17 comments:

Mariette VandenMunckhof-Vedder said...

Dearest Doris,

You did put it right in the beginning, one of the main problems: a history of predatory dictatorships. A second health hazard is the absence of a sewer system. Unbelievable and why could those dictators not establish that? Did they not care?
Maybe the National Palace having crumbled away after the heavy earthquake is a symbolic sign. Let's hope that the corruption indeed will vanish and make room for real guidance and help in establishing a healthy country.
Words indeed cannot describe sights like that...
Have a great new week and sending you love and sunshine,
Mariette

Rita said...

I'll be waiting for the impressions and pictures for the second part of your journey. This had to touch your heart deeply. :)

Hilary Melton-Butcher said...

Hi Doris .. what a wonderful post - setting the scene for us ... as it is now - while we still remember the devastation at the time of the earthquake.

Humanity is amazing in its minimal needs .. while we with more live somewhat different lives ..

Your future posts will be fascinating and thought provoking to read ... Hilary

Cynthia Stevenson said...

Doris,
I listen to the news about Haiti and other 3rd world countries...and, though my heart and pocketbook may reach out, it's not the same as watching "you" in action. May you be blessed and continue to share those blessings with others. I'll await your next entry. ~Cynthia

Bica said...

What a beautiful, and beautifully written post, Doris. This really provides some good perspective, to those of us who like to whine and feel sorry for ourselves a little, every now and then.

It's too easy to get caught up in our everyday lives, and take for granted all that we have.

I am so thankful for people like you, who actually make a difference. God Bless you.

Mary Aalgaard, Play off the Page said...

"When there’s no material objects, or luxury as a facade to others, that’s when the spirit of humanity shines, just like the summer sun."
Love this quote from you, Doris. It says so much. The rural landscape is beautiful. I can't imagine how hard life is there.

Ann Best said...

They are such beautiful people, living in a squalor that's almost unbelievable, created mostly by human beings who cared very little about them and their country. Pictures always speak more eloquently than words, and you have captured here the natural beauty that should still be everywhere in Haiti, and the beauty in the young people that always was and always will be. I'm looking forward to reading Part II of your trip!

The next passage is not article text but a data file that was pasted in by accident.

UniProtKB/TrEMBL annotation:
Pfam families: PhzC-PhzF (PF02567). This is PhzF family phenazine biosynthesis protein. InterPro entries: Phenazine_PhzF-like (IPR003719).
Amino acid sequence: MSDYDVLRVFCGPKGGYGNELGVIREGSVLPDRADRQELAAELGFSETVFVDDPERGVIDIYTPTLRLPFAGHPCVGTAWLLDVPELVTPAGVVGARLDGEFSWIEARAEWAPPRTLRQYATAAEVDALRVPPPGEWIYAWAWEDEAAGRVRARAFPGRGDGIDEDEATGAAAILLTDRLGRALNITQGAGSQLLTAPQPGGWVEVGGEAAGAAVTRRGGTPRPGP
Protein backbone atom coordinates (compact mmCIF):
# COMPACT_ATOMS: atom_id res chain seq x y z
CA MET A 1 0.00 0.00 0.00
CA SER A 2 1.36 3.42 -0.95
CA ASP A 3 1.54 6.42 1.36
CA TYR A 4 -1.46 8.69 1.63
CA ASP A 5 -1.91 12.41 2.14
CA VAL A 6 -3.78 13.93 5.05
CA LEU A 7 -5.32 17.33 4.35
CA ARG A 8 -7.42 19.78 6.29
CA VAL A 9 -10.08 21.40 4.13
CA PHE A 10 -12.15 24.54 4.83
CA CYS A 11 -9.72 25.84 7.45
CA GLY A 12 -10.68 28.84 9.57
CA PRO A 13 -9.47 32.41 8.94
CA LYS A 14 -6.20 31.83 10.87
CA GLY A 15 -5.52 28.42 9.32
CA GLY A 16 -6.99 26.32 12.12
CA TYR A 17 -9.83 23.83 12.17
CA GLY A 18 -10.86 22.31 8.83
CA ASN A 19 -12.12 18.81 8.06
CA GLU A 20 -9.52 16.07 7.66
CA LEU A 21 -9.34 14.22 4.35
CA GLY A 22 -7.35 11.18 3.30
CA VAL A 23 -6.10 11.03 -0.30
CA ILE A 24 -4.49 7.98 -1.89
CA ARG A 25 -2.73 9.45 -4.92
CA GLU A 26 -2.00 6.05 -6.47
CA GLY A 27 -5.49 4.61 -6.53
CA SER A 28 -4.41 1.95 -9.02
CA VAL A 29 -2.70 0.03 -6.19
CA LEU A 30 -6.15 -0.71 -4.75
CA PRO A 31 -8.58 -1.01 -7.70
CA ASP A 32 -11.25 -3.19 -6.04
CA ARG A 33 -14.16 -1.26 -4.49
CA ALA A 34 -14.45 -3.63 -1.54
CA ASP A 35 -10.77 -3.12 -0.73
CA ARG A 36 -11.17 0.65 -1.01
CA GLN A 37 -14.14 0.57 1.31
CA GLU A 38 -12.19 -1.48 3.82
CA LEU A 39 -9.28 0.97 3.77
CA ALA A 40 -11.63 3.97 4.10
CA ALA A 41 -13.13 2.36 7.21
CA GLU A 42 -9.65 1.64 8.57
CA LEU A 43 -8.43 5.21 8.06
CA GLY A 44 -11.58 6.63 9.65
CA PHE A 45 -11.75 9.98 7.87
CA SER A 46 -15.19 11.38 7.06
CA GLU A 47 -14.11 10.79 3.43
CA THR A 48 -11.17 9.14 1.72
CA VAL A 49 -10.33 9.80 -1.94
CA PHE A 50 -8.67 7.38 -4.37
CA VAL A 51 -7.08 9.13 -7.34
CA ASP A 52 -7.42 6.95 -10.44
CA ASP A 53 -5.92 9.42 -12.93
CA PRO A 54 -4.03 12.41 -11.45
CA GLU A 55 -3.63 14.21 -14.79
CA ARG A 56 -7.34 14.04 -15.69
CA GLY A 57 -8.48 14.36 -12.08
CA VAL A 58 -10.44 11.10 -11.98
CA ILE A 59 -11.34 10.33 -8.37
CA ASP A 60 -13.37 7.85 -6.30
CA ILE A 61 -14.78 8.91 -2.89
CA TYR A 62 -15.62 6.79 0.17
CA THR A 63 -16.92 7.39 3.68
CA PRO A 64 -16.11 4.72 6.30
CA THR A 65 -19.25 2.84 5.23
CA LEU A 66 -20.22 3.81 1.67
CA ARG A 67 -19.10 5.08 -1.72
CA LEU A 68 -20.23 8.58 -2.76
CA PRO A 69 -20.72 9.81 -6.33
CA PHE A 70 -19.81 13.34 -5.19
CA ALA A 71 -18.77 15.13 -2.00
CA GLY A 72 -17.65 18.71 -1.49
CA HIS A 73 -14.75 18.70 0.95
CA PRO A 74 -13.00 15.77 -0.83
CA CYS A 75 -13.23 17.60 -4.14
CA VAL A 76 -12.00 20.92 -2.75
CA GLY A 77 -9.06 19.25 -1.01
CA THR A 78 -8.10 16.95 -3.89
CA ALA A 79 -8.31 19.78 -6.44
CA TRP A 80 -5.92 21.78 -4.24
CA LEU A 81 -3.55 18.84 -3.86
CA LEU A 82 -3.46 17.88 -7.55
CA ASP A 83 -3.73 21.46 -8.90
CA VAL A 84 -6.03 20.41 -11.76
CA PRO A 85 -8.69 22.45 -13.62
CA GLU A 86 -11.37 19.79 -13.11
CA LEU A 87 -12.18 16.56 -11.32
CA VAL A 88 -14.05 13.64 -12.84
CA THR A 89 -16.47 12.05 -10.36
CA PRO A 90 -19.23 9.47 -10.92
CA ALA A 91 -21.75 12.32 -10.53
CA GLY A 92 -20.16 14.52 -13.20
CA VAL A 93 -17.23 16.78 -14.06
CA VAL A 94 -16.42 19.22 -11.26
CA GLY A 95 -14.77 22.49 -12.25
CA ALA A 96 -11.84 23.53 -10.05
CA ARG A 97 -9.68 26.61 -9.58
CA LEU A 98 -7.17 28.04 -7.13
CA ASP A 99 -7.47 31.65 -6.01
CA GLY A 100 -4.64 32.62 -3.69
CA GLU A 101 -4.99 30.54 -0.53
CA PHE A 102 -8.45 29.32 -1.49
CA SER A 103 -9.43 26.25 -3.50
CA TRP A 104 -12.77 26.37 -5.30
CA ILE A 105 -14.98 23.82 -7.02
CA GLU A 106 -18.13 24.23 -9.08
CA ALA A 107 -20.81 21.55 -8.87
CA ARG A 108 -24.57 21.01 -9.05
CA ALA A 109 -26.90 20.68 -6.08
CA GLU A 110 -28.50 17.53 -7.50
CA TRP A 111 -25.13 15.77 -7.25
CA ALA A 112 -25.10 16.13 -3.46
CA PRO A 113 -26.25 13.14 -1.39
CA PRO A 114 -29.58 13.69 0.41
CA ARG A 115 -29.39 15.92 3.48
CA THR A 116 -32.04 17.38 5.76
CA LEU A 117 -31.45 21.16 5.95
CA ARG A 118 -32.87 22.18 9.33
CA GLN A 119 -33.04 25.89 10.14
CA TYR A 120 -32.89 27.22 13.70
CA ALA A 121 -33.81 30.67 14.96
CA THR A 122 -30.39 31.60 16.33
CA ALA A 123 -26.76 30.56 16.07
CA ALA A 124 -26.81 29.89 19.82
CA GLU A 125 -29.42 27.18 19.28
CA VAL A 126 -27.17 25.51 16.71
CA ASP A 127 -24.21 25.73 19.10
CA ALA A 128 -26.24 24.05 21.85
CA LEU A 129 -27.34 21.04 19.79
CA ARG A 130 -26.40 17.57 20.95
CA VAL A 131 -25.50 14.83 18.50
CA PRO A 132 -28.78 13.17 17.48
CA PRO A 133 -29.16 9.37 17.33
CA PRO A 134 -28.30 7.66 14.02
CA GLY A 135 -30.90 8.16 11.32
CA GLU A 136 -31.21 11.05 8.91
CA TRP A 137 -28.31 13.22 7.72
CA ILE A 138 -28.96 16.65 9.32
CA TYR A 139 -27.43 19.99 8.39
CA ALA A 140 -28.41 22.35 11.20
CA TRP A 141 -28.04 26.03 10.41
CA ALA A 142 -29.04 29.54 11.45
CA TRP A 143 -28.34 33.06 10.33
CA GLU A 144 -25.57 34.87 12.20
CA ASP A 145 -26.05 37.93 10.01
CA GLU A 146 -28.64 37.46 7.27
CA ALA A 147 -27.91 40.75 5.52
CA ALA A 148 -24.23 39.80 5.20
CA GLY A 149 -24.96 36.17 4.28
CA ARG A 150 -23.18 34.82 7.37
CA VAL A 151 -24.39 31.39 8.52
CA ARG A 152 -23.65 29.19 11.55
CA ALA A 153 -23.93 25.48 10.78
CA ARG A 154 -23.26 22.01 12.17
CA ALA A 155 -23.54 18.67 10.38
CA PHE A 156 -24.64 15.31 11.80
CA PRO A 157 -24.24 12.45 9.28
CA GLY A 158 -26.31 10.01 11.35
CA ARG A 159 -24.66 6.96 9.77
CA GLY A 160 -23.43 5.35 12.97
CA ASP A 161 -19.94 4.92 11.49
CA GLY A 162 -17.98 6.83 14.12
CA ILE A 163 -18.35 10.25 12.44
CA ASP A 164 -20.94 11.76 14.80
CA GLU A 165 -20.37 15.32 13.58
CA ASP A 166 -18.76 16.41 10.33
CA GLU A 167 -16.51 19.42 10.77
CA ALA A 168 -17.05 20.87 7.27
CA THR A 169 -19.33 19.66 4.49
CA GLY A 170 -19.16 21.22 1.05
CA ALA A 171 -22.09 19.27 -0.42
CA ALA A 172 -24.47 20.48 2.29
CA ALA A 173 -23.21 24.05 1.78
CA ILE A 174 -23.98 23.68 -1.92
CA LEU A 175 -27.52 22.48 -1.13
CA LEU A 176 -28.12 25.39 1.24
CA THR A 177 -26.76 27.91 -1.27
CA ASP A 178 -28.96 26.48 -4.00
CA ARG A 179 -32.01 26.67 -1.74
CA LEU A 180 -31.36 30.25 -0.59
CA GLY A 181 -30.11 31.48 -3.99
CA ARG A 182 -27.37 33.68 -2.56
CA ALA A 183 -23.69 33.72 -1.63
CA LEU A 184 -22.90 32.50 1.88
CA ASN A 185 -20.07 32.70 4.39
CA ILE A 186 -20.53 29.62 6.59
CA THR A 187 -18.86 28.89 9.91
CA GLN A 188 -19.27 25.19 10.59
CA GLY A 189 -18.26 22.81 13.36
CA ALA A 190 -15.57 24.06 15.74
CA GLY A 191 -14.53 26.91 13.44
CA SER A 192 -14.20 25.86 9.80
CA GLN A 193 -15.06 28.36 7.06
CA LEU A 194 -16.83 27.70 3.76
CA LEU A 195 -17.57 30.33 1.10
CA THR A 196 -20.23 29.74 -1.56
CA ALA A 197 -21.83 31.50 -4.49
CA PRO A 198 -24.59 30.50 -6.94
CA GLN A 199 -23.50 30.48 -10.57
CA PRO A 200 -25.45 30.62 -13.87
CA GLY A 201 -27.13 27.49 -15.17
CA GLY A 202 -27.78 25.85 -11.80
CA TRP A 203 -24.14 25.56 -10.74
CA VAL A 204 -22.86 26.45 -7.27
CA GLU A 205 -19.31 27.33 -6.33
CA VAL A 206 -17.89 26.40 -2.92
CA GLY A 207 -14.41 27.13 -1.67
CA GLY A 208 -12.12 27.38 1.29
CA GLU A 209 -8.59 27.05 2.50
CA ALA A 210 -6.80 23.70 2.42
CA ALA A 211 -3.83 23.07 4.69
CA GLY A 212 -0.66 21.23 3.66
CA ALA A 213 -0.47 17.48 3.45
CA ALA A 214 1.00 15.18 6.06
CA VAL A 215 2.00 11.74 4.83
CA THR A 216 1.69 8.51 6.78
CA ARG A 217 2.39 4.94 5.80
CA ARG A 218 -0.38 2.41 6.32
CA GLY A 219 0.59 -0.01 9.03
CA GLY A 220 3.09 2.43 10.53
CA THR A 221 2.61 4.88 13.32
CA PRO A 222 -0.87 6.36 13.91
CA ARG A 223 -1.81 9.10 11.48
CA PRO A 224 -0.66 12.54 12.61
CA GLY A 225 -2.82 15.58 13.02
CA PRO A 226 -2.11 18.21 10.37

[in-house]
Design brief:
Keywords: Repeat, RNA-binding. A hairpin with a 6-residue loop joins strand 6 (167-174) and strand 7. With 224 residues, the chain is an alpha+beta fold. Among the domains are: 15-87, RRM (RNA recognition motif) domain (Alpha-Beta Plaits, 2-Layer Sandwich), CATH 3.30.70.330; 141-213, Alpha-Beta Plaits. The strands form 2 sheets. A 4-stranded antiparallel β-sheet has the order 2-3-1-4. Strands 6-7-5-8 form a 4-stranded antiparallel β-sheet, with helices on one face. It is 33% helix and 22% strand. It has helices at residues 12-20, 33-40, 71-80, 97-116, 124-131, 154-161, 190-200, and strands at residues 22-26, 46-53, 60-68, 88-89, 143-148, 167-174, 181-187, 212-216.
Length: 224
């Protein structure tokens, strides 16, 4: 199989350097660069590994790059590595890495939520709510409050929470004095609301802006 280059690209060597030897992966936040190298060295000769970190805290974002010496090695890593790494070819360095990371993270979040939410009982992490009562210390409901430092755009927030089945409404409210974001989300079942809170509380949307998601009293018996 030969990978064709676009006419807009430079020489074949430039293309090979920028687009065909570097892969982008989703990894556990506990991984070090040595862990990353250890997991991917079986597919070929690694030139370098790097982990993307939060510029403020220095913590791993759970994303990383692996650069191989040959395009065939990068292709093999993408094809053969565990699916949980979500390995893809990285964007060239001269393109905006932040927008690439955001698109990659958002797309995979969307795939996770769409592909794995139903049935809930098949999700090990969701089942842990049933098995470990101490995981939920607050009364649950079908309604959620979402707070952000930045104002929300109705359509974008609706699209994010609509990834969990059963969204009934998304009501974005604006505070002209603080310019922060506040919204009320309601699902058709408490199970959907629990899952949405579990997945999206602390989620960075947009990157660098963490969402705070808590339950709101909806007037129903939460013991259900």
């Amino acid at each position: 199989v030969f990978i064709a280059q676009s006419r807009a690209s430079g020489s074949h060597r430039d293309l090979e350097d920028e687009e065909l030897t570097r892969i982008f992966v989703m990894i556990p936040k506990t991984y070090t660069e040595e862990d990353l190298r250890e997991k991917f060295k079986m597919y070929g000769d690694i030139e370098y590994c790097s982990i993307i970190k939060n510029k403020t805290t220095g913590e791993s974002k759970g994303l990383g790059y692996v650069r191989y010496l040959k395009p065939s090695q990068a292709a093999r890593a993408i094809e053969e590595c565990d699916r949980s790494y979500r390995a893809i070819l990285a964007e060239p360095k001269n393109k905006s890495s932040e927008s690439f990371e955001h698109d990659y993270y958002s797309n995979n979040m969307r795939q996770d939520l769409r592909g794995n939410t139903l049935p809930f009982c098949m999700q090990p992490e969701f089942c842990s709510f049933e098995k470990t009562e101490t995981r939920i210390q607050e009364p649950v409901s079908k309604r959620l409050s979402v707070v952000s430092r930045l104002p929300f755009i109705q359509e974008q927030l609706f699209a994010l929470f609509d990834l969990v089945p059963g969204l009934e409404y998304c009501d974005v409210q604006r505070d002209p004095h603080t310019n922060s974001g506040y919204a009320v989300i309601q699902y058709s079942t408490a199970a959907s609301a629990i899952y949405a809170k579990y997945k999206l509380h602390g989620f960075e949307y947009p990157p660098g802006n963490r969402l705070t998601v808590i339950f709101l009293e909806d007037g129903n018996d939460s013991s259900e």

Amrita said...

I can understand how your heart broke when you saw the need of hasiti. i see it everyday in my own country.
The traffic conditions, bumpy road, insanitary conditions and poverty are so much like here. The beauty of the island is breath taking. I am gla d you found beauty in the midst of the devastation

Oregon Gifts of Comfort and Joy said...

I can't wait to learn more about the trip and working with the orphans. This is fascinating. I had no idea about the garbage and the lack of a sewer system in the city. That is so hard to imagine.

Thank you so much for sharing your trip with us.

Kathy M.

Lord David Prosser said...

Your Post is clear and full of natural warmth. I look forward to reading the next piece and hope to find you have met a people full of hope despite what's happened. Hopefully they will think about putting in an infrastructure in the near future to help combat the cholera.

busanalayali said...

great your post and picture..toko baju muslim

cloudia charters said...

WOW!

This is first class reporting
and extraordinary humanity!


Thanks for enlightening us

Haiti and you, will be in our prayers
Warm Aloha to you from Honolulu
Comfort Spiral
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> < } } ( ° >

lbdiamond said...

Oh my goodness, what a great post!!!

Steve E said...

I jumped down to read part I and now jump 'up' (Ugh!...ouch!!) to read Part II. I believed that nobody could get to 'know' a country and its people through the words and photos of another.

You have destroyed that belief, reduced it to a myth. Because through YOUR eyes, I can experience all but the tastes and smells of Haiti. Even I can hear the horns, shouting, and buzzing flies.

On to next chapter. You are sO good, I almost fear to read more, because it will make me uncomfortable to realize the truth, the poverty, sicknesses, hunger, pain and suffering which you word so well.

Thank you!
PEACE!

sparkle100-havealook.blogspot.com said...

My daughters church she attends the youth group and the Music directors of the church go to the place you go Haiti. It is so heartbreaking when they come back and show the video and the testimonies of sharing. The head of the Music Department with his wife. Have five children of their own and he can hardly talk without crying. He said he has held wee children that knowing soon they will die. Having about 8 grandchildren of his own. It tears him apart. Yet in his heart. He new his wife had to be there. They the children call him poppa . I say it really takes people like them and the youth that feel lead to go and you to be with the children. I think that is wonderful you can place yourself there in that poor country.